15 Juni 2018 9–16 Uhr, Universitätsbibliothek Albertina, Vortragssaal
When an image is made to depict the present moment, how do people engage with it? And, once that present moment is past, can that image ever again regain its claim to depicting the present or reclaim the immediacy it once held? Or will it then forever become merely a gateway to the past, only accessible through analogy, the imagination, or historical inquiry? This conference investigates how images originally made to depict the present function as they transition from contemporary depictions to historical ones, asking how the present remains ‘present’ over time.
TeilnehmerInnen: Benjamin Anderson (Ithaca), Hans Belting (Berlin), Roland Betancourt (Los Angeles), Armin Bergmeier (Leipzig), Rika Burnham (New York), Matthew Champion (London), Ivan Foletti (Brno), Beate Fricke (Bern), Andrew Griebeler (Berkeley), Sarah Griffin (Oxford), Stefan Hanß (Cambridge), Nadja Horsch (Leipzig), Heba Mostafa (Toronto), Keith Moxey (New York), Nathaniel Prottas (Wien), Katharina Schüppel (Dortmund), Stefanie Seeberg (Leipzig), Johannes Tripps (Leipzig), Simone Westermann (Zürich)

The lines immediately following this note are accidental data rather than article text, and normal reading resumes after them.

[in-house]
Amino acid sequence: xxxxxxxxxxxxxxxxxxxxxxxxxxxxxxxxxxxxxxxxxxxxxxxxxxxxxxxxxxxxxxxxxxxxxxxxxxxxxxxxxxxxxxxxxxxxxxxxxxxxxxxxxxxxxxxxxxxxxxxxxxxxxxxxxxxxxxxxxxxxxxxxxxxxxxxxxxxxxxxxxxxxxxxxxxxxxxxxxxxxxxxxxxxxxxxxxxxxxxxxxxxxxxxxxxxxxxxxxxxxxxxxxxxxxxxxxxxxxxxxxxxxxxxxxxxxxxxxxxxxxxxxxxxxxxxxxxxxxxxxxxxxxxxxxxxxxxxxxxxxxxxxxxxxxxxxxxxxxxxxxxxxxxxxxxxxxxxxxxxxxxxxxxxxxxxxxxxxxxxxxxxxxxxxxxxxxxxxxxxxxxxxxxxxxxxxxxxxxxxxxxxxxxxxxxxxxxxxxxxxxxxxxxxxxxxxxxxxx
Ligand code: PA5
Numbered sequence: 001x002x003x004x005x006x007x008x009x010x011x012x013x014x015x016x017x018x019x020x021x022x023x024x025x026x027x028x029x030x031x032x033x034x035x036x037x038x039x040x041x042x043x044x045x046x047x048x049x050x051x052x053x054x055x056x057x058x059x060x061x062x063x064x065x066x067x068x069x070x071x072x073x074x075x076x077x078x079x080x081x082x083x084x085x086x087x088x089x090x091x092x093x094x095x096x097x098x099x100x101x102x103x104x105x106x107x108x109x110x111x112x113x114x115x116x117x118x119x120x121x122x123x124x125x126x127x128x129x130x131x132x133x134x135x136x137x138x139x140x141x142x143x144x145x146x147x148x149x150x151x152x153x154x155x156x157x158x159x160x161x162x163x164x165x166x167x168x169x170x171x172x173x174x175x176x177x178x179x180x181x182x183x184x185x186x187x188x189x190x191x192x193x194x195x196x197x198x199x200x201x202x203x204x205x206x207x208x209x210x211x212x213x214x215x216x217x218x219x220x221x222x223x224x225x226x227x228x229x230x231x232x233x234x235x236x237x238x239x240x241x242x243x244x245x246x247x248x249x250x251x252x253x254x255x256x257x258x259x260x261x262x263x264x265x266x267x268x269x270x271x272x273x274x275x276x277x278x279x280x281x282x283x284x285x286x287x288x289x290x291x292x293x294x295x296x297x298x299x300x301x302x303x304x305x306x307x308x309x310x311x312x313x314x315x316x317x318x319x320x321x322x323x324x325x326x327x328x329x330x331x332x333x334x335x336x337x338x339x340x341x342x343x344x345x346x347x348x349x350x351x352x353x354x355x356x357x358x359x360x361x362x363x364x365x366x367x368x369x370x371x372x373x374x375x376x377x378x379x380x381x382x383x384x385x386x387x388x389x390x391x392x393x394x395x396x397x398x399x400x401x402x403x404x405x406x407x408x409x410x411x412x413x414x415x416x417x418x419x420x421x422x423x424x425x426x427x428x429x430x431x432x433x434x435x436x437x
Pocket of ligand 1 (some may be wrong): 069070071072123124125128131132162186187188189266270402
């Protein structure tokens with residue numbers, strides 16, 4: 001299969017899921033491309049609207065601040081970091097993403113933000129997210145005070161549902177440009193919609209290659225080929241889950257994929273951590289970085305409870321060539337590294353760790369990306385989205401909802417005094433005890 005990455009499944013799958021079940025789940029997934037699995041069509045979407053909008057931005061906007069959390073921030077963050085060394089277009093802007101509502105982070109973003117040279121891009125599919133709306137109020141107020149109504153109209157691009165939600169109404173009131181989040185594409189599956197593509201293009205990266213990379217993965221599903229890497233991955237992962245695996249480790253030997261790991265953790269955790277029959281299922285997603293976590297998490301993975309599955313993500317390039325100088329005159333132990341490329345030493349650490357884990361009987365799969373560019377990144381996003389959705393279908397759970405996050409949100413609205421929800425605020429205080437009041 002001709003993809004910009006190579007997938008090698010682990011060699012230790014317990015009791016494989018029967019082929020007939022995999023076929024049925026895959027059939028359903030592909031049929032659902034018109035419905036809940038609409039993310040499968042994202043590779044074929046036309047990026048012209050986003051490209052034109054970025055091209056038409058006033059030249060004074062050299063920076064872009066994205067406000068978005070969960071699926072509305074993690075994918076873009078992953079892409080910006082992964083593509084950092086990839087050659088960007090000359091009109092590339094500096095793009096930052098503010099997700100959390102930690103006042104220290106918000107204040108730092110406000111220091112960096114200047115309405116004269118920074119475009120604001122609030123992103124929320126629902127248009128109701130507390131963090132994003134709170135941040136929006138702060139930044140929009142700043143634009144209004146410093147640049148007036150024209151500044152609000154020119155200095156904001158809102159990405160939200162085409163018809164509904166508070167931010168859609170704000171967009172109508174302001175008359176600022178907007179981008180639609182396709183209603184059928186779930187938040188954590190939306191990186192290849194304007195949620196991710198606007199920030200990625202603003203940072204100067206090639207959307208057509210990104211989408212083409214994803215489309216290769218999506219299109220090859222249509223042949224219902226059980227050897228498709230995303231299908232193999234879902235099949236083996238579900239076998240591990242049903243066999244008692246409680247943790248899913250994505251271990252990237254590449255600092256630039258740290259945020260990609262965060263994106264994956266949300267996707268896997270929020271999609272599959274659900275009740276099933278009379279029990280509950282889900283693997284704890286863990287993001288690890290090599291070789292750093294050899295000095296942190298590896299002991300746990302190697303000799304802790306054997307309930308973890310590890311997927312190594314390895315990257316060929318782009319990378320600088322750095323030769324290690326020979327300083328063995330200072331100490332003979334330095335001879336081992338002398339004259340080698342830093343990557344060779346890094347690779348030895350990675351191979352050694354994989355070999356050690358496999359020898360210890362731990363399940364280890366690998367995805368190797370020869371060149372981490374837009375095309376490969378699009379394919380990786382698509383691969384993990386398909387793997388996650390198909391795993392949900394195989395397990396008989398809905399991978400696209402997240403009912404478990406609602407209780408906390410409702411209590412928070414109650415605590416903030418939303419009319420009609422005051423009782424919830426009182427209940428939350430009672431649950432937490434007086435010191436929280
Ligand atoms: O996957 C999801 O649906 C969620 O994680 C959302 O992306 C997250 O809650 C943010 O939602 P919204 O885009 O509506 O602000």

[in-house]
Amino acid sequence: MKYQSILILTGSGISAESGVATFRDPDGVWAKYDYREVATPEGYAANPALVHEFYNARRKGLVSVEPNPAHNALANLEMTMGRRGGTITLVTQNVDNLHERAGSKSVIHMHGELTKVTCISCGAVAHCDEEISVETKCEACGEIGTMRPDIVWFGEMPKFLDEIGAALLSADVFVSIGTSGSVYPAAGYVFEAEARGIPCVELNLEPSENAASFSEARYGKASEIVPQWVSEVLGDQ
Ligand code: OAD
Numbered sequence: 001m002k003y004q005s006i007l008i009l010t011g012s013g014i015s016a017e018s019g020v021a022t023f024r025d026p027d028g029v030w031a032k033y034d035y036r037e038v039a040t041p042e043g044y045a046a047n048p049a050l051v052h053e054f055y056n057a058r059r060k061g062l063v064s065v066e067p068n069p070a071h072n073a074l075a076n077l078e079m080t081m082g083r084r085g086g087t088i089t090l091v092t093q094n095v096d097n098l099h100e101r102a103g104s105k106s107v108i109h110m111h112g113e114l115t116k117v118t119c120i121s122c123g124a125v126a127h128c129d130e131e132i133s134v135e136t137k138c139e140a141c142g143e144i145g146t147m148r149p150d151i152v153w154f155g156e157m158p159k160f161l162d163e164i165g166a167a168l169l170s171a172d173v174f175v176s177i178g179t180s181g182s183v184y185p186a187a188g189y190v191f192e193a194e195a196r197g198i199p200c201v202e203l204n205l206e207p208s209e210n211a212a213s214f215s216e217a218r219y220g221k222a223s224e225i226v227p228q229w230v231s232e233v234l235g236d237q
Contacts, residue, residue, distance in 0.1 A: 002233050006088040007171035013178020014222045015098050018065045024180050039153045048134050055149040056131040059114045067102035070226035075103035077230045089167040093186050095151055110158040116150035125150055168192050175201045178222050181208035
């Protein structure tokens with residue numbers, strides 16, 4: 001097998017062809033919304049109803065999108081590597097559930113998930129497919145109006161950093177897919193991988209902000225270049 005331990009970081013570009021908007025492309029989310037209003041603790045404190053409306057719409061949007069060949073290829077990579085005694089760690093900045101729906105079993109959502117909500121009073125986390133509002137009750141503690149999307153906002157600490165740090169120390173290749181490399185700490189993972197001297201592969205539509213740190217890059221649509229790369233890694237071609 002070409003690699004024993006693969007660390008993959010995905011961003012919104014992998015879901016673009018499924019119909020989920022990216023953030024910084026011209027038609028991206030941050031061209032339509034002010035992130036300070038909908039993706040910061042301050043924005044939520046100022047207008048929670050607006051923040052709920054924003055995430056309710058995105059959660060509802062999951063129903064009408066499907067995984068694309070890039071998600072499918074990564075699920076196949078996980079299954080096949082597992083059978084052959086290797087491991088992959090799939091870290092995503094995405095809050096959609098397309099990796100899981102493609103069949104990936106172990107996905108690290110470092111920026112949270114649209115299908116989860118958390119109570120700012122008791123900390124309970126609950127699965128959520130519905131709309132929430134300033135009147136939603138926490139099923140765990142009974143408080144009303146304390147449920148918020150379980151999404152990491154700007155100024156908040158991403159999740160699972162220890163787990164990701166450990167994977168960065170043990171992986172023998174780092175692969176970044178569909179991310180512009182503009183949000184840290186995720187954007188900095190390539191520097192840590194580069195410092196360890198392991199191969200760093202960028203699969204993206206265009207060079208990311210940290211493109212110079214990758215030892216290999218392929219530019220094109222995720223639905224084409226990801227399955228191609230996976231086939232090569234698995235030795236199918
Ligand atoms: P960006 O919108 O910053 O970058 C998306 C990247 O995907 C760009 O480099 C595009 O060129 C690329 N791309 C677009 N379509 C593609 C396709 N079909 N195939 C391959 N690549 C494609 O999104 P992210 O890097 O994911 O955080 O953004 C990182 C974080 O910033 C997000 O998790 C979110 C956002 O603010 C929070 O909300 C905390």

Vortragsreihe: Byzanz und der Westen: Kolloquium zur materiellen Kultur im Mittelalter
Lecture Series: Material Culture in Byzantium and the Medieval West
Institut für Kunstgeschichte der Universität Leipzig in Kooperation mit dem GWZO, der HTWK und dem Handschriftenzentrum
29 Mai, 19 Uhr, Department of Art HistoryDittrichring 18–20, Raum 5.15
Branka Vranesević (Belgrad), Reflections on Late Antique Visual Culture on the Territories of Present-Day Serbia and Macedonia: Continuity and Change
14 Juni, 17 Uhr, Universitätsbibliothek Albertina, Vortragssaal
Hans Belting (Berlin)Iconic Presence and Real Presence: A Neglected Aspect From the History of Religious Images
26 Juni, 19 Uhr, GWZO, Reichsstr. 4-6, Conference Room
Olga Karagiorgou (Athen)The Dumbarton Oaks and the Venice Tondi: Products of a Cultural Osmosis?

Tuesday, April 17, 2018

We are inviting papers for our panels at the Christianity and Politics Conference (University of Turku, 22–23 November 2018):
3. Heresy and Politics (more information below)
7. Schisms, Saints, and Power in the Middle Ages (more information below)

To propose a paper:
Follow the instructions found at:

30 April 2018

We look forward to receiving your paper proposals!
Best wishes,
Marika Räsänen & Reima Välimäki

3. Heresy and Politics
Panel Convenor: